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  • A Bout With Gout?

Published on June 05, 2013

A Bout With Gout?

By Leann (Maska) Bassing, MD
Board Eligible Rheumatologist at Yankton Medical Clinic, P.C.

It has been called ‘rheumatism of the rich’ because many years ago, people realized those who were rich were more likely to develop gout than those less well off. The wealthy with access to alcohol and excess food had more gout. Of course, there are more factors than diet contributing to the development of gouty arthritis, including a genetic predisposition and other environmental factors; however, we still counsel patients regarding the effect dietary excess can have on this disease.

Gout is a type of inflammatory arthritis. The term arthritis should be considered a very general term encompassing many different types of diseases that affect the joints. I like to think of the many different types of arthritis as fitting into two categories, one being non-inflammatory (namely, Osteoarthritis, also described as Degenerative Joint Disease or DJD), and the second category being inflammatory. Anyone who has ever experienced the typical symptoms of gout can confirm a flare is intensely inflammatory, often involving a swollen, red, warm joint such as a toe.  A classic description is of a joint that is so tender, even the bed sheet resting on it is uncomfortable. These episodes of acute flares are usually separated by longer periods without symptoms.

A very important point to make is regarding the method used to make a diagnosis of gout. It would be incorrect to believe this disease can be diagnosed solely based on a blood test. It is correct, however, to understand gout is caused by an excess of uric acid in the body that can precipitate into crystals that deposit into joints and become a source for inflammation. Measuring the amount of uric acid in the blood does not confirm or reject the diagnosis of gout; it is only a clue. In fact, there are many people who have an elevated uric acid level, who do not necessarily have gout. Instead, the gold standard method to diagnose this disease is to identify the presence of monosodium urate crystals in joint fluid. Yes, this means a small needle is used to aspirate some fluid from the affected joint, then that fluid is viewed under a microscope to see the crystals. This is a simple procedure performed in the office, usually with immediate results.

Treatment is divided into two categories: treating the acute flare, and treatment to prevent further flares. Both efforts are equally important. There are a handful of medications that can be effective at calming down the intense inflammation of a “gout attack.” These include prednisone, colchicine, indomethacin or other NSAID (nonsteroid anti-inflammatory drugs), or injection of steroid directly into the affected joint. Which option is best often depends on the individual patient and their personal medical history.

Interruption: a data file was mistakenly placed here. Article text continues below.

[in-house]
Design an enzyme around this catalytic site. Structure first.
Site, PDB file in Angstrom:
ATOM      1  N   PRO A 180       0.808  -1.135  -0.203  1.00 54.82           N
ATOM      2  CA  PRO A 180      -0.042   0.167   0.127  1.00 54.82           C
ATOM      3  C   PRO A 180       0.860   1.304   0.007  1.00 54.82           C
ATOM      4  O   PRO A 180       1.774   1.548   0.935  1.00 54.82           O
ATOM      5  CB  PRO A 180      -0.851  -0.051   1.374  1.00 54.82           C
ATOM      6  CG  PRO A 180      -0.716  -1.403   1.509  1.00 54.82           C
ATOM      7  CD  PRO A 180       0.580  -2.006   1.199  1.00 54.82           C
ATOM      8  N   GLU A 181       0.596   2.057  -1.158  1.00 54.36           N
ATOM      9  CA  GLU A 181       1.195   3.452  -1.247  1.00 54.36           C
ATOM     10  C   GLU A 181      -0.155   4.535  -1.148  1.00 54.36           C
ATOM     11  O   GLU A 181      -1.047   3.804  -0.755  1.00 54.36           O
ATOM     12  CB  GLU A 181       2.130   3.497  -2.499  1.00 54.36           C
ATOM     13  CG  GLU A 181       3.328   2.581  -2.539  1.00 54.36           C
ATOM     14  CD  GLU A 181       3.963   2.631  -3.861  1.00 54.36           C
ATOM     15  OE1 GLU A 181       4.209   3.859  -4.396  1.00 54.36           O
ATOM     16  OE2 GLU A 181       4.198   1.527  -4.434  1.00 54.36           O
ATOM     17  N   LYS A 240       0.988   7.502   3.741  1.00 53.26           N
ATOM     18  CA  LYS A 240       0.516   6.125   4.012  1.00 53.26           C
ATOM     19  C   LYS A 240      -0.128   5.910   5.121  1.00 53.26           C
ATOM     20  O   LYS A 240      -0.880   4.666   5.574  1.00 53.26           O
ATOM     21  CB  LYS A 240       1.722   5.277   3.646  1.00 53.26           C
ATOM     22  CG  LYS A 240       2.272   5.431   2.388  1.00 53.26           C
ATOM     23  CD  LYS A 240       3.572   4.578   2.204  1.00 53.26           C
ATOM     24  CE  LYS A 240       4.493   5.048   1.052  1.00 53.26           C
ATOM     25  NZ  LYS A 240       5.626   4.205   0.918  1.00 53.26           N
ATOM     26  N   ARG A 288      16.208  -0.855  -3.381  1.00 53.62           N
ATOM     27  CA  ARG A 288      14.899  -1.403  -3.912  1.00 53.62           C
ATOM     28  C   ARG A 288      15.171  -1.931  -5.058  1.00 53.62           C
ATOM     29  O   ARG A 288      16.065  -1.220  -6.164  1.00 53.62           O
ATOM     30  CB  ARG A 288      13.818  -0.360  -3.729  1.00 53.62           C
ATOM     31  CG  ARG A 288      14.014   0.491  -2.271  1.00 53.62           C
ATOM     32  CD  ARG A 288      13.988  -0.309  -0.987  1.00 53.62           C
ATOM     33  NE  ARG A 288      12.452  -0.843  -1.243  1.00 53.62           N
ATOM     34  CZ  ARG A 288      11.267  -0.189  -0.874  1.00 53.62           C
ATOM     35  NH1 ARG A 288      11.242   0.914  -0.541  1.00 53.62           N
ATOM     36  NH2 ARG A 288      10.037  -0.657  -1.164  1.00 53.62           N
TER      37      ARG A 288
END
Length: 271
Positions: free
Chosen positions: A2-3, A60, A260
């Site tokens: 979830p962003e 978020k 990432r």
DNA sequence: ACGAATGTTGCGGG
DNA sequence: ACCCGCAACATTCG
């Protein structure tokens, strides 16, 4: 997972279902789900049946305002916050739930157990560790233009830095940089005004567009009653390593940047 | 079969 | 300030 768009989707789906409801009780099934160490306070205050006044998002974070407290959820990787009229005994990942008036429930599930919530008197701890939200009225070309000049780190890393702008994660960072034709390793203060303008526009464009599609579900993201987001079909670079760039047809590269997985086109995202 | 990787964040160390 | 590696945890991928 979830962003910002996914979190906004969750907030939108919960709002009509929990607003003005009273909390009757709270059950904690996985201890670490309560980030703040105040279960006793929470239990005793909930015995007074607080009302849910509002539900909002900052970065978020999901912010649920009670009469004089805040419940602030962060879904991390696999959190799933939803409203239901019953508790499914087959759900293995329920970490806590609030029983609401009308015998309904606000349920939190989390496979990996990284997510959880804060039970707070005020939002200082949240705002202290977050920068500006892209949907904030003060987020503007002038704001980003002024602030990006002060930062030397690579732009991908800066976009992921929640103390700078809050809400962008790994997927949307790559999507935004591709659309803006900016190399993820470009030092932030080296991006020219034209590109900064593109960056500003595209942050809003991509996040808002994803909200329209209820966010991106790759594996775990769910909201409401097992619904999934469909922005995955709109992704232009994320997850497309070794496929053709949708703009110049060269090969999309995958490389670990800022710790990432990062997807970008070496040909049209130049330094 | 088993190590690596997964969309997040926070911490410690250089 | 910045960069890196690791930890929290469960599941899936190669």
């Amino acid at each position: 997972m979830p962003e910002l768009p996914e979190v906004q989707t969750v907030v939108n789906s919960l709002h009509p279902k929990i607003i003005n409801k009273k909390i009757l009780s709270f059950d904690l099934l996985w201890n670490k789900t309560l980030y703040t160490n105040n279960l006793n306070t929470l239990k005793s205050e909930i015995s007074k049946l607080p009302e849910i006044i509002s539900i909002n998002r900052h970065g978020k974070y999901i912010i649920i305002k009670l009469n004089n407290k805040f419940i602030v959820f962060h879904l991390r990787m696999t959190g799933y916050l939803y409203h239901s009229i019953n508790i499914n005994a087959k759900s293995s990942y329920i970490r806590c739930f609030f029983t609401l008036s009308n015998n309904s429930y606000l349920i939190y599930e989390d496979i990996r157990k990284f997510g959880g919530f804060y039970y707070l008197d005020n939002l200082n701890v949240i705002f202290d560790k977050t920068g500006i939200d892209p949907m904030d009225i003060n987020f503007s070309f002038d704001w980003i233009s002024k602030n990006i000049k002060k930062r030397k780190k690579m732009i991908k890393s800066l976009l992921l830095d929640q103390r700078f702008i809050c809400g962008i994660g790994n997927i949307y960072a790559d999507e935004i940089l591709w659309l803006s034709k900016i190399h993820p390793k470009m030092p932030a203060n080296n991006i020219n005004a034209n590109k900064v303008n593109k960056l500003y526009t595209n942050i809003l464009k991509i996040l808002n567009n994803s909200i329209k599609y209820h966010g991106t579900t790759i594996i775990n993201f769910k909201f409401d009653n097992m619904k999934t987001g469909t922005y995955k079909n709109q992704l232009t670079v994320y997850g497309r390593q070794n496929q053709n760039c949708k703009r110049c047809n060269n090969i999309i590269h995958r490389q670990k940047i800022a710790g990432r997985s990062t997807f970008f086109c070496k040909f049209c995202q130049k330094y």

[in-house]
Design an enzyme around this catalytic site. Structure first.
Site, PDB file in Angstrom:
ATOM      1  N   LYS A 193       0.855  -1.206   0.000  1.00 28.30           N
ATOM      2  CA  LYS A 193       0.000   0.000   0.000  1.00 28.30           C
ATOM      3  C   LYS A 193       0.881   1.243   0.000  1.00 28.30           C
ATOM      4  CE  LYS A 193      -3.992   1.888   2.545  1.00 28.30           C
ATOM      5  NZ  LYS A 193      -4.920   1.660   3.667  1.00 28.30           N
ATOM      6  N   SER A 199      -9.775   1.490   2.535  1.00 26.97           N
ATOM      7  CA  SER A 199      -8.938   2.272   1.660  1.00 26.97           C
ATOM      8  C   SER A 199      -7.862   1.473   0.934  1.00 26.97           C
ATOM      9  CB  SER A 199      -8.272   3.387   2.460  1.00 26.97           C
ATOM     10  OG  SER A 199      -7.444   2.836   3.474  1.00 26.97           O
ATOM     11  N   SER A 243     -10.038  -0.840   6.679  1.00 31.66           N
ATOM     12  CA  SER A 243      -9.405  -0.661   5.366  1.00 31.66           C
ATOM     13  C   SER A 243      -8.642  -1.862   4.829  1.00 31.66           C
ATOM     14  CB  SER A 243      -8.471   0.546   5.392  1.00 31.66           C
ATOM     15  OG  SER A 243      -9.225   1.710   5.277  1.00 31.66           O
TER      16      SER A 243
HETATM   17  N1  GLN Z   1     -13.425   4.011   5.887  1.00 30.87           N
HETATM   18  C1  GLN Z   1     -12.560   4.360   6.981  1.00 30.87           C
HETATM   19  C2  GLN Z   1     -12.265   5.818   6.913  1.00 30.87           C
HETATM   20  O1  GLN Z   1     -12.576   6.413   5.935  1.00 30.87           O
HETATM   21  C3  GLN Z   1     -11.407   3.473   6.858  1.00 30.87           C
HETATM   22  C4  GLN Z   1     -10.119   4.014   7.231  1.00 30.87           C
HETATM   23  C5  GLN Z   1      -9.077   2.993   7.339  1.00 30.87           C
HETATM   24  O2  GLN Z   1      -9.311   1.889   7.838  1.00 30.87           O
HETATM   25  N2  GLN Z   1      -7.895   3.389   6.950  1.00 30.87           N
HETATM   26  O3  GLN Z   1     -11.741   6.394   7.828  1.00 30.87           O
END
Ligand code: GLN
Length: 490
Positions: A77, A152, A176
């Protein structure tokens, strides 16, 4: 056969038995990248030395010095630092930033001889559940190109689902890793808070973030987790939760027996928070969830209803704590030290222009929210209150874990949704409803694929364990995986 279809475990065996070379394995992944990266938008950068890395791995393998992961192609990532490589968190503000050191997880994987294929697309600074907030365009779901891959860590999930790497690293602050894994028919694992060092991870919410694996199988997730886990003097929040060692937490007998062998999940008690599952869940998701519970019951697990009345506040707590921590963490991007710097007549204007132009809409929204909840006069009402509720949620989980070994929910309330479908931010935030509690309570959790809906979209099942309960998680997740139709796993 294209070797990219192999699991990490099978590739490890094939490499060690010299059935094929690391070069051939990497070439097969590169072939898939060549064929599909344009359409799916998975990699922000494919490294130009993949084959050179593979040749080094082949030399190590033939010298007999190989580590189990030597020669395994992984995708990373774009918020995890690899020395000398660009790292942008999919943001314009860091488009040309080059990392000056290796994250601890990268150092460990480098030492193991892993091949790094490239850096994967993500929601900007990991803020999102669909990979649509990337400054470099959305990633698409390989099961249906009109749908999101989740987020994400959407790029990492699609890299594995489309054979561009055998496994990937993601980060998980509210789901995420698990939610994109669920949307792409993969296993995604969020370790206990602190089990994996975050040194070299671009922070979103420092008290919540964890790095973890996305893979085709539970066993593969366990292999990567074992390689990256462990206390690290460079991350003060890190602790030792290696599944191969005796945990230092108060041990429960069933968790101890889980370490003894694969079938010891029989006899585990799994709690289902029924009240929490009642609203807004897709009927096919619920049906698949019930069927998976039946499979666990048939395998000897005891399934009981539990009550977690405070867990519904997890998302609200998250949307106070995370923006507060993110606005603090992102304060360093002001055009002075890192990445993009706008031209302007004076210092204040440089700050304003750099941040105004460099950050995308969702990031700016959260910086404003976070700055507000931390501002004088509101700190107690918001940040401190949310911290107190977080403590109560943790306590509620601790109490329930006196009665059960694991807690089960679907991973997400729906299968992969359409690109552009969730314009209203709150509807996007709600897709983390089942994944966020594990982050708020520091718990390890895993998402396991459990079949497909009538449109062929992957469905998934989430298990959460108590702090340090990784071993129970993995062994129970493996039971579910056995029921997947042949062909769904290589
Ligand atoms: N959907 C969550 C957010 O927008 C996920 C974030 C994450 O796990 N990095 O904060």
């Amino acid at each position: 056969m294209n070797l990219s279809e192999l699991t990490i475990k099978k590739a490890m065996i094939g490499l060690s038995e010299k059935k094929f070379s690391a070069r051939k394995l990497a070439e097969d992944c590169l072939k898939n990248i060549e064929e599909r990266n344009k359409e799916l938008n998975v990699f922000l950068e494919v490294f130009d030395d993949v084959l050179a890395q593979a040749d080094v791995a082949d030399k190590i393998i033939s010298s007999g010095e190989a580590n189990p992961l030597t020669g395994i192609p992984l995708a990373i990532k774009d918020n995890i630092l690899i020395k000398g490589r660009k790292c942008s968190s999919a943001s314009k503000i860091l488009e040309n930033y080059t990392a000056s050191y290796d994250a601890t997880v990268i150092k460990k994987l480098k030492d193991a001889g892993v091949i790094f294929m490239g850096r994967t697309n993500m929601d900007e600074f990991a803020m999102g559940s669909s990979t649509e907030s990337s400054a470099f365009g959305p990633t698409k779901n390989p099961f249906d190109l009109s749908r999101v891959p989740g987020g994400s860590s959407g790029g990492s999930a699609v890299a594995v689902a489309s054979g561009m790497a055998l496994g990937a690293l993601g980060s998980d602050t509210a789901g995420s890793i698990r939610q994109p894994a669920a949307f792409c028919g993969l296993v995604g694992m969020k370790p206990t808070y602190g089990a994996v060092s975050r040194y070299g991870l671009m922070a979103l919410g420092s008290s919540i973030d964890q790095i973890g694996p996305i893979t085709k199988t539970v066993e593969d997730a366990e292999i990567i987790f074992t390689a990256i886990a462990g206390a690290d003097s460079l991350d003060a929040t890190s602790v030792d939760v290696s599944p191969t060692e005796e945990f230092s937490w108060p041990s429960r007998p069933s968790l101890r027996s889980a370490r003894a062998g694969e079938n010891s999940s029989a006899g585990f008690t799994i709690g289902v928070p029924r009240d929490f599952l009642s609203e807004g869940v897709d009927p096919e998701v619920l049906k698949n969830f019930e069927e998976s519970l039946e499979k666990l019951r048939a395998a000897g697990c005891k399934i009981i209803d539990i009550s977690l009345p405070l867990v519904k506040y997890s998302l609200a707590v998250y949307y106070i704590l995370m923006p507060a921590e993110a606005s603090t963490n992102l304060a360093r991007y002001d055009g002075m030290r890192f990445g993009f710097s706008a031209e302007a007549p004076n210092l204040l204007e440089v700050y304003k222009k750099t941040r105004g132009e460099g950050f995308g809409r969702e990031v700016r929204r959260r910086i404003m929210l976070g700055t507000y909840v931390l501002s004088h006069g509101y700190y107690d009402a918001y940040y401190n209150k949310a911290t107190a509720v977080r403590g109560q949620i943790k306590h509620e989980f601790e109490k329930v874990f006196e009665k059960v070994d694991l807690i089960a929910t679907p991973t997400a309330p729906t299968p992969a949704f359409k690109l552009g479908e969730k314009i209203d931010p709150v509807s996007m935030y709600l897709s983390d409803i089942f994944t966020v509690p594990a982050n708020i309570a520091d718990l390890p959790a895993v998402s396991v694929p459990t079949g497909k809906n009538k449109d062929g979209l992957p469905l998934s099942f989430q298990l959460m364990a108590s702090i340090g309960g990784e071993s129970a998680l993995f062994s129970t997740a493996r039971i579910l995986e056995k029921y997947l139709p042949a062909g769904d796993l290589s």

The long-term treatment of gout is aimed at lowering the amount of uric acid in the body to a level that does not allow urate to physiologically precipitate into crystals. The most common medication used for this purpose is Allopurinol. Febuxostat (Uloric) can be used if someone is intolerant of Allopurinol. An even newer medication called Pegloticase, is given by intravenous route (IV) and has been shown to drop uric acid levels essentially to zero, even ‘melting away’ collections of urate in some patients who develop lump-like tophi on their fingers, elbows, or even ears. This is not often used, however, and like all medications can carry serious potential side effects. And yes, diet can make a difference. Specifically, food and drink high in purines such as beer, organ meat, and shellfish, can raise uric acid levels, and thus trigger a flare.

Lastly, I would be remiss if I did not point out the fact that patients with a diagnosis of gout are often also at higher risk for cardiovascular disease. Much research on this disease is being geared toward that fact. It is very important to treat gout not only to prevent long-term damage to joints that result from recurrent attacks, but also to limit the inflammation we know is a risk for cardiovascular disease.

Gouty arthritis is one of my favorite diseases to treat because I can often help those who suffer from it feel much better, and even help prevent further attacks. Please let me know if I can help you or a loved one who has gout or any other type of arthritis or autoimmune disease.